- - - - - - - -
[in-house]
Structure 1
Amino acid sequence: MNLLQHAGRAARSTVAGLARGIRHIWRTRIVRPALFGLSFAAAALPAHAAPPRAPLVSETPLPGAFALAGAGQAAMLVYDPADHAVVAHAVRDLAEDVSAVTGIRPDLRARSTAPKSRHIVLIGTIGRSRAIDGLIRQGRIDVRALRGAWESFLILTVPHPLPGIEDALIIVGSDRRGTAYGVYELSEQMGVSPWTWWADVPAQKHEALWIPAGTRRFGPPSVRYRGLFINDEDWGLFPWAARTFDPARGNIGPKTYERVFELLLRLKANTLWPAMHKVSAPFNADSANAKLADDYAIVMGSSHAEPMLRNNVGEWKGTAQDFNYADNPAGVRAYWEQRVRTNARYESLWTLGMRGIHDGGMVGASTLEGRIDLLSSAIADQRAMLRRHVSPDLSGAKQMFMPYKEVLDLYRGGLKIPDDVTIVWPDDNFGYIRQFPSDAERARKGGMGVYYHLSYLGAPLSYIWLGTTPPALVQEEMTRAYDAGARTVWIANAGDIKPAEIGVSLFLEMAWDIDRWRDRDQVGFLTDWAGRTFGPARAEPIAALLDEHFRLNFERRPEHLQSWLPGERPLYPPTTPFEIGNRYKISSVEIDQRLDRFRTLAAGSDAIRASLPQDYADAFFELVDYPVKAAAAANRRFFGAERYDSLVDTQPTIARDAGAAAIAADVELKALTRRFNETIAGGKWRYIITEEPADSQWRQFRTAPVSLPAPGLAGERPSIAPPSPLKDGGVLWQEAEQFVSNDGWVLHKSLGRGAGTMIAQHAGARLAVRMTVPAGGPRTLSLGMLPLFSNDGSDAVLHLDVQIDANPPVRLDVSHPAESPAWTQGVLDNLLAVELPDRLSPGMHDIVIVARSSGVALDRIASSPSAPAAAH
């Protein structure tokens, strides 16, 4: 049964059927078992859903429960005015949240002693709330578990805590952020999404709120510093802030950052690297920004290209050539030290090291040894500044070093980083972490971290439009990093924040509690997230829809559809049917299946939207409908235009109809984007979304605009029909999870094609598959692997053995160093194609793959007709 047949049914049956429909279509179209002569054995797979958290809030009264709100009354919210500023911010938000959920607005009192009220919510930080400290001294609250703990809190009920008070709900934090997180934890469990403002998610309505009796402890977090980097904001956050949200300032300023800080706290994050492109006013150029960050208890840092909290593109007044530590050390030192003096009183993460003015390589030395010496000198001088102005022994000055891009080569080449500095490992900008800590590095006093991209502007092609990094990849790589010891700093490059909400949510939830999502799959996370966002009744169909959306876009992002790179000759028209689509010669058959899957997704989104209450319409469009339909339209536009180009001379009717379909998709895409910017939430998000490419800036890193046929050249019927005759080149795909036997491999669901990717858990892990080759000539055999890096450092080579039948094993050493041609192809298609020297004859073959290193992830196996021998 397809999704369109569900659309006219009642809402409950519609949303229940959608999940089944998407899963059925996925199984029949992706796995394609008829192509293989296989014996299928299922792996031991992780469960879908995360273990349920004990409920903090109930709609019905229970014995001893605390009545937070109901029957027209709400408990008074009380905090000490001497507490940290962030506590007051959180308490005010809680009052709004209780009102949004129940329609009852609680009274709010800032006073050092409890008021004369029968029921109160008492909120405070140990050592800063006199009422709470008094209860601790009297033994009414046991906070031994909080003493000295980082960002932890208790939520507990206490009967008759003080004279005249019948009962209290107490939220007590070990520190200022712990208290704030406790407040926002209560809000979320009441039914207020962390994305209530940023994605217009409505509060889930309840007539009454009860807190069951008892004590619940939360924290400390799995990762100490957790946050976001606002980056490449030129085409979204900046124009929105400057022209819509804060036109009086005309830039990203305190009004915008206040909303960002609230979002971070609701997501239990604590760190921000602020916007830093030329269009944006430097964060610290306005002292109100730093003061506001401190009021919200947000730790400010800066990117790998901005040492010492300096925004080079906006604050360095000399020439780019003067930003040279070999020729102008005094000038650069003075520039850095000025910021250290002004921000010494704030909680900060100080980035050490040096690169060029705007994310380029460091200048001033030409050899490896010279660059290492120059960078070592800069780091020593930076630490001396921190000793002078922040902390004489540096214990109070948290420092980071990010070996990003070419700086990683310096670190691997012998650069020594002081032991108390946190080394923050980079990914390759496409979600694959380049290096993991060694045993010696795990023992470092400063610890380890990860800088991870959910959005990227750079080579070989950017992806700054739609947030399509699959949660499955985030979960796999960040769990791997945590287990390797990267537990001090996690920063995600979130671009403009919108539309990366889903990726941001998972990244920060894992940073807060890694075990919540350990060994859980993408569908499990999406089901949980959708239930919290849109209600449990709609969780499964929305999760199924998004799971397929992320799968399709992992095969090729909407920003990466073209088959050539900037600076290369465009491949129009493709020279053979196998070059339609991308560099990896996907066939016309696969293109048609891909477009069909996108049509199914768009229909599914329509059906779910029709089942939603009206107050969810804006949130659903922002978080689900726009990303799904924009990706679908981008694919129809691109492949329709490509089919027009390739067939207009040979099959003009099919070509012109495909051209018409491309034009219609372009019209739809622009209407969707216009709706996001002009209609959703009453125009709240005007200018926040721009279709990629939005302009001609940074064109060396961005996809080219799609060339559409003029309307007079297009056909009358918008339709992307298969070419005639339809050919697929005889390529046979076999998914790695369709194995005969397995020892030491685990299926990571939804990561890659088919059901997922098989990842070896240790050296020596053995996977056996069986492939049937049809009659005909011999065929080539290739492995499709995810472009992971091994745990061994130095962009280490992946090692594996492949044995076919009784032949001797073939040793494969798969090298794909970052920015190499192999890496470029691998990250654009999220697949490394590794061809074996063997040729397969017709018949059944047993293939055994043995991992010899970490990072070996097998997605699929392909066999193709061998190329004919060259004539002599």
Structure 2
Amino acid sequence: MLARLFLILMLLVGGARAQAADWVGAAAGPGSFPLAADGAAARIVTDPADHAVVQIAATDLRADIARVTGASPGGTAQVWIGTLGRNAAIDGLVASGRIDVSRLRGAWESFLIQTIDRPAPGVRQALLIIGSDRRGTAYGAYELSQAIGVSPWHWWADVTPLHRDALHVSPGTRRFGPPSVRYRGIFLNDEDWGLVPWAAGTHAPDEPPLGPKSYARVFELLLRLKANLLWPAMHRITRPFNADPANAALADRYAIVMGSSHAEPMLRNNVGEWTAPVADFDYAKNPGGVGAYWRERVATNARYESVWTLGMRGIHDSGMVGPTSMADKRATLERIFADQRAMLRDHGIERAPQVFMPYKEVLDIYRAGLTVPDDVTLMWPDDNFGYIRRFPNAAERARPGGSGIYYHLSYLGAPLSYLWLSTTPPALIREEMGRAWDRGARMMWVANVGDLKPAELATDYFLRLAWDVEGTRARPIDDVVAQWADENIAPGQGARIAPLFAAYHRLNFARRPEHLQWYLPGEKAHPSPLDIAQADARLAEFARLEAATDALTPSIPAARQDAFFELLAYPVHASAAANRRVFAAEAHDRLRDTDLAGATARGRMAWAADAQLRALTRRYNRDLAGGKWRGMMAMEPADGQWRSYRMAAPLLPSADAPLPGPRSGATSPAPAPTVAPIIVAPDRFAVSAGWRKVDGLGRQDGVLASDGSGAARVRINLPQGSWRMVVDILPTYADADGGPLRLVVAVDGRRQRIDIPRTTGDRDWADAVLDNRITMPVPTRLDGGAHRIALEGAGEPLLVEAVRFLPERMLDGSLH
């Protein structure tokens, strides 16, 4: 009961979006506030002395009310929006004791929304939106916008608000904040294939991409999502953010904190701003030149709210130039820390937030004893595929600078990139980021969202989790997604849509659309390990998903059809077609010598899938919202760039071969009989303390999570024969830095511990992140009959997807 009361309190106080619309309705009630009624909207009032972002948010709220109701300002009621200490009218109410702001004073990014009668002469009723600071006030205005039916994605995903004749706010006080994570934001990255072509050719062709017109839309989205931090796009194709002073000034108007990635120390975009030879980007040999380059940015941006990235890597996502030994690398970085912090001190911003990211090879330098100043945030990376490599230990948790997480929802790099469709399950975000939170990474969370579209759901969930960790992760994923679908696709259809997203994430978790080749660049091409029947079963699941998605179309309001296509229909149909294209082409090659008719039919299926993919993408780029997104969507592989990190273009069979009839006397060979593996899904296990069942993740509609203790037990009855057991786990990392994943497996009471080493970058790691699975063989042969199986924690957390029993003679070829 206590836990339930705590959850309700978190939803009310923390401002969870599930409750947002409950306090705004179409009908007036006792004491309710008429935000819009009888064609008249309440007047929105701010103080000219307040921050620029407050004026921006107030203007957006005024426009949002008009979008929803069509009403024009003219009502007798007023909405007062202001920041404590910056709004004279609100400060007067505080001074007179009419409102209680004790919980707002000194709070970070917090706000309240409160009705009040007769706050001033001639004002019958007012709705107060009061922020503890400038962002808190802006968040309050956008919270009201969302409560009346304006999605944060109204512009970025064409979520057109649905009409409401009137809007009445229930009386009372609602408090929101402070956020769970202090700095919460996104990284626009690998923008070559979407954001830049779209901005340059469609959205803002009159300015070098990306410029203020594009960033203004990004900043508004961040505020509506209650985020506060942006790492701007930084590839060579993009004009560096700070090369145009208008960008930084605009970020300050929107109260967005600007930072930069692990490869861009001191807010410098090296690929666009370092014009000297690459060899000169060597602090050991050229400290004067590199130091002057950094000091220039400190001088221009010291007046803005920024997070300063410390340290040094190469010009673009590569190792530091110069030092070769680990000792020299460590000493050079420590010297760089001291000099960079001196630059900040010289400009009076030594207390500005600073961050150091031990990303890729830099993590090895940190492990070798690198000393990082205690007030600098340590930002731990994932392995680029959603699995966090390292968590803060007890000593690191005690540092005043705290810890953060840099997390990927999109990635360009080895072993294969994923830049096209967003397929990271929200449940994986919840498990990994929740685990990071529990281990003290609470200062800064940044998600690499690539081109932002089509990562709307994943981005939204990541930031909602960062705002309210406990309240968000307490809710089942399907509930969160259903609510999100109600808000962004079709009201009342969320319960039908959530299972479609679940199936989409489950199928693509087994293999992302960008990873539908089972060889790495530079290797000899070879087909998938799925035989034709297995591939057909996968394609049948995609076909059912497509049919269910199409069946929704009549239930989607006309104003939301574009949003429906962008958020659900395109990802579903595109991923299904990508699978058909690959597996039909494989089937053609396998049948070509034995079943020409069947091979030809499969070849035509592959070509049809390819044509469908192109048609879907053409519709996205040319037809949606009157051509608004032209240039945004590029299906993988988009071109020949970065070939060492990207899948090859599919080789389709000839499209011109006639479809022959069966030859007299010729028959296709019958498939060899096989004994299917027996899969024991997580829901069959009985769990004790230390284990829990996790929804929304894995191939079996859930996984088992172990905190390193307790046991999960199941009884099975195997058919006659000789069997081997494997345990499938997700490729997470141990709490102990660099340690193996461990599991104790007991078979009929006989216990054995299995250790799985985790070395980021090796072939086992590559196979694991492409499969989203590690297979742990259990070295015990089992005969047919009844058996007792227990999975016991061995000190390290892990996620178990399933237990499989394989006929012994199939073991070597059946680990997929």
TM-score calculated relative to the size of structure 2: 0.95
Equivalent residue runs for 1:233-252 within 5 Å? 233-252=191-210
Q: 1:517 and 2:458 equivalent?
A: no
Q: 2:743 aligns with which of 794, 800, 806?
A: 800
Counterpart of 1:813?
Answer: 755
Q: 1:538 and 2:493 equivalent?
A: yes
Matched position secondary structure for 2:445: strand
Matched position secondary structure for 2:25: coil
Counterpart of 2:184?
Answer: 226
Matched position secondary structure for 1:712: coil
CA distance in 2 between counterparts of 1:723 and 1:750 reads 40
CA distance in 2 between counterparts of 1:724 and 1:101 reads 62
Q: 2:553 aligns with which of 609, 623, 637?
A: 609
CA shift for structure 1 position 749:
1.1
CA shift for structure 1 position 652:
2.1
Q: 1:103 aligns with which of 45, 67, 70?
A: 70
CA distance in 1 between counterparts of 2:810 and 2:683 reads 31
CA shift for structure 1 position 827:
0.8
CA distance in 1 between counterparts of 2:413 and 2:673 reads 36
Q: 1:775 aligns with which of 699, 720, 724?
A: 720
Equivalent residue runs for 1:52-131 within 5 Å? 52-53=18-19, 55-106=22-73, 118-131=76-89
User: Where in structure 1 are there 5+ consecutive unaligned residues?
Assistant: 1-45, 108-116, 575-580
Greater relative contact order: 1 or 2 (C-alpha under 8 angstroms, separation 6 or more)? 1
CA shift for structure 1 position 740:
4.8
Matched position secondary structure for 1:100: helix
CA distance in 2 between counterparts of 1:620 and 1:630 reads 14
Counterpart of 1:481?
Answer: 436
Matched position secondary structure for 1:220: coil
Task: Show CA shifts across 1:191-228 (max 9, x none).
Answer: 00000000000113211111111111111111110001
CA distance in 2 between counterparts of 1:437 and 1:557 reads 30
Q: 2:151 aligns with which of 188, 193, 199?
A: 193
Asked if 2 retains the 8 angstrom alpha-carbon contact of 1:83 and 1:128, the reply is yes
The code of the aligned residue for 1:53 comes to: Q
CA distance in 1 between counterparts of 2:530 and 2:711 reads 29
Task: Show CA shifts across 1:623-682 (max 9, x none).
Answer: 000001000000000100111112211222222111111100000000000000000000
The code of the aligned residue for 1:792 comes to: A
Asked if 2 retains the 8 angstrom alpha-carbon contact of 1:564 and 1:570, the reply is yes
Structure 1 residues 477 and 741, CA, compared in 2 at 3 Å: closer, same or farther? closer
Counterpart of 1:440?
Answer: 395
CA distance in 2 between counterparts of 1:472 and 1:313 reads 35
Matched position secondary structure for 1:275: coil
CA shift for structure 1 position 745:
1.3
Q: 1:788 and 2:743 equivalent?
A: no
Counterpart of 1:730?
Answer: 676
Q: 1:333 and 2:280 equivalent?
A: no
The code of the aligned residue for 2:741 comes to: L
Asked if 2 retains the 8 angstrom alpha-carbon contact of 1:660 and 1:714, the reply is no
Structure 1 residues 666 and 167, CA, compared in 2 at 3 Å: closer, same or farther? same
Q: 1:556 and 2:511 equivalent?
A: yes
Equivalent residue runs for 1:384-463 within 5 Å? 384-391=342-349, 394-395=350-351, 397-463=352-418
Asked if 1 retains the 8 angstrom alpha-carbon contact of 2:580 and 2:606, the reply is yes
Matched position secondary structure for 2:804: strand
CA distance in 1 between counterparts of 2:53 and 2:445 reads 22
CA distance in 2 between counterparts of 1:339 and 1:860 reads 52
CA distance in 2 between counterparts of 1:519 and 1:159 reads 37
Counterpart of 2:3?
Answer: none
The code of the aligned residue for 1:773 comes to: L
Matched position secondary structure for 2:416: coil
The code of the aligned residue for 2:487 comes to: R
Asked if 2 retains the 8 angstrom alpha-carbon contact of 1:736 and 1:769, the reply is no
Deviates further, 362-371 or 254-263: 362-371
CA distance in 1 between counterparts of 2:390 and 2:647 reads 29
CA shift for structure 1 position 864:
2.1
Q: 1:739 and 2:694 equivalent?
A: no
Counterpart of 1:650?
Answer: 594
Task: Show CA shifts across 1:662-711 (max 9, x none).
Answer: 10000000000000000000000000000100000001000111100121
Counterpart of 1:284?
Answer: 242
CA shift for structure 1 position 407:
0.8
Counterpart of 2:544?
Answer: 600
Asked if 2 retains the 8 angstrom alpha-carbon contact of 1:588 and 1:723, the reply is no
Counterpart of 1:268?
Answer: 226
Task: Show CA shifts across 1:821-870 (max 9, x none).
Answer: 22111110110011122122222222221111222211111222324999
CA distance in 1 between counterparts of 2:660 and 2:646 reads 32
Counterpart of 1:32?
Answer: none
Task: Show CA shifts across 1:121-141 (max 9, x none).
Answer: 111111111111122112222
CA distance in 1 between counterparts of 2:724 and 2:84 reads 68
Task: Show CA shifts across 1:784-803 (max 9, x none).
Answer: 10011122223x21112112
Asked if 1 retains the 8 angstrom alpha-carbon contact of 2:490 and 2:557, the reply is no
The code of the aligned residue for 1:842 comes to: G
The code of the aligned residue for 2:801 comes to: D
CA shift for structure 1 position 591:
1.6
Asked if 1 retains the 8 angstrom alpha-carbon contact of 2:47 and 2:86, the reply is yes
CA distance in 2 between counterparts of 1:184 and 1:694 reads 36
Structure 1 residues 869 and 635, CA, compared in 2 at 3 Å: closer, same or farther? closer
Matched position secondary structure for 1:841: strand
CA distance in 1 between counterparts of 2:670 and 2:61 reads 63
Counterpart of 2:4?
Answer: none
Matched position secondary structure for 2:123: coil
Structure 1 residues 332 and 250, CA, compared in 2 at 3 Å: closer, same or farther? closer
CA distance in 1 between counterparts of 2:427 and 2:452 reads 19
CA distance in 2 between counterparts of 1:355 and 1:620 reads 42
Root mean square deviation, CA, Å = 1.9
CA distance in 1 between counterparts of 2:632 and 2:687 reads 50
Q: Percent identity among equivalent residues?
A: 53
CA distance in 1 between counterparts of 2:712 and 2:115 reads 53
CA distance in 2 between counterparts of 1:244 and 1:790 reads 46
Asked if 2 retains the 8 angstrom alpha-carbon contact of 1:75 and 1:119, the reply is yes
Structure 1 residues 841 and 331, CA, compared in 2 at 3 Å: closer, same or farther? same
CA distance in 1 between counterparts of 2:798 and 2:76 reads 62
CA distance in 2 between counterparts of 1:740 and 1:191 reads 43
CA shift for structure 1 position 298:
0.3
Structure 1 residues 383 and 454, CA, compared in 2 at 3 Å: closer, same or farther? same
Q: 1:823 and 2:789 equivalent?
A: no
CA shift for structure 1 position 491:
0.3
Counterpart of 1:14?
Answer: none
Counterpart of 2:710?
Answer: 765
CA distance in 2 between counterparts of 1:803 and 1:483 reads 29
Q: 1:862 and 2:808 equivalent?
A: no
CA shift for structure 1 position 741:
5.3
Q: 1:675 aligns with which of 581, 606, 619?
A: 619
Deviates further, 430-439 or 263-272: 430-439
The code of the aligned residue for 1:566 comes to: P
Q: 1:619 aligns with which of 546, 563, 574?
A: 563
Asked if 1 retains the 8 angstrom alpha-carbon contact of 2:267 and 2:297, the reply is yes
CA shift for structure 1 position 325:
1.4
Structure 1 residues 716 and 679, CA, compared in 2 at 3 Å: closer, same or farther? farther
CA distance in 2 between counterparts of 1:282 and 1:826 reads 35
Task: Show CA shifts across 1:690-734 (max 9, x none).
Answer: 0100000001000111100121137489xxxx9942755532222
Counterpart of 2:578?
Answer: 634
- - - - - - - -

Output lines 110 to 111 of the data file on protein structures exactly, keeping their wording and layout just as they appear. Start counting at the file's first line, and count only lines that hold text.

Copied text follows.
Answer: 226
Task: Show CA shifts across 1:821-870 (max 9, x none).